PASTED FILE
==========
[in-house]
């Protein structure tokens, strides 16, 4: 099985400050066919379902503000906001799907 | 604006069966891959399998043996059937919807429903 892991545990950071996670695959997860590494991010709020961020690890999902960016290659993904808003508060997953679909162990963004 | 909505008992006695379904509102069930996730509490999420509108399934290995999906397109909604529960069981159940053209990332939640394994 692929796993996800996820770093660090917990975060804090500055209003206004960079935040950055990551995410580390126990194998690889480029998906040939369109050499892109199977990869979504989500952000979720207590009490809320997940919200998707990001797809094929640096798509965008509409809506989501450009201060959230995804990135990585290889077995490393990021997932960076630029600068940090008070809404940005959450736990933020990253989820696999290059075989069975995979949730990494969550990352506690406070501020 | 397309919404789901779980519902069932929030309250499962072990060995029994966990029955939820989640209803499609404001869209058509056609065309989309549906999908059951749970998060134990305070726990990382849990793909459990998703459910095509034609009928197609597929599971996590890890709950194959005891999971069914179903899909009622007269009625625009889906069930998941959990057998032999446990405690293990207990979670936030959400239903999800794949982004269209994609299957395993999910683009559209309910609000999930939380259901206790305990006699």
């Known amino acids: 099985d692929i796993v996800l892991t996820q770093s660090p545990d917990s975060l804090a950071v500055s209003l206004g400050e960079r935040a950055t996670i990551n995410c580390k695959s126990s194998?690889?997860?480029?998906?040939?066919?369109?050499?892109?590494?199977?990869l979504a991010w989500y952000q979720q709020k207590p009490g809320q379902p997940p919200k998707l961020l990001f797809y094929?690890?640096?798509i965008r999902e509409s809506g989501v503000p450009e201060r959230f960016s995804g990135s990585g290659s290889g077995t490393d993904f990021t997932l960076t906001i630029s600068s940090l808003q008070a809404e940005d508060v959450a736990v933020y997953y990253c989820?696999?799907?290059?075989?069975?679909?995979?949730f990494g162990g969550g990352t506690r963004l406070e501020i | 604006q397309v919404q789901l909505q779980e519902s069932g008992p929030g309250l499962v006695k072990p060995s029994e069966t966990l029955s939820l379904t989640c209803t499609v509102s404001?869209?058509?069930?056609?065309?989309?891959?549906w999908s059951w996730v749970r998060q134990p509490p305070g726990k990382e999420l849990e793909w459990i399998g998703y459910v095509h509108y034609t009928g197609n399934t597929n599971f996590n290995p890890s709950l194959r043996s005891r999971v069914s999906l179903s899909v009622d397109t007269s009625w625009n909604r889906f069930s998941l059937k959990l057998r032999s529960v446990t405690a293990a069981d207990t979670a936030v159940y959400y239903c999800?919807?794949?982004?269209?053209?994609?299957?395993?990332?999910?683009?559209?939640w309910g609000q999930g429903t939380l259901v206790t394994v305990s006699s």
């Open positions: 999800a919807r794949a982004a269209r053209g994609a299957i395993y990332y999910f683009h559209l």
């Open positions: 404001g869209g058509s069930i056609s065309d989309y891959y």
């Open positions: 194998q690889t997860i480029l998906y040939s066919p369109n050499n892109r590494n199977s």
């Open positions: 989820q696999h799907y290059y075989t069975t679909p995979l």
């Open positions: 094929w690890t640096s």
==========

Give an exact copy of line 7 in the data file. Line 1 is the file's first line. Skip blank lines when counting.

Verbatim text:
């Open positions: 989820q696999h799907y290059y075989t069975t679909p995979l």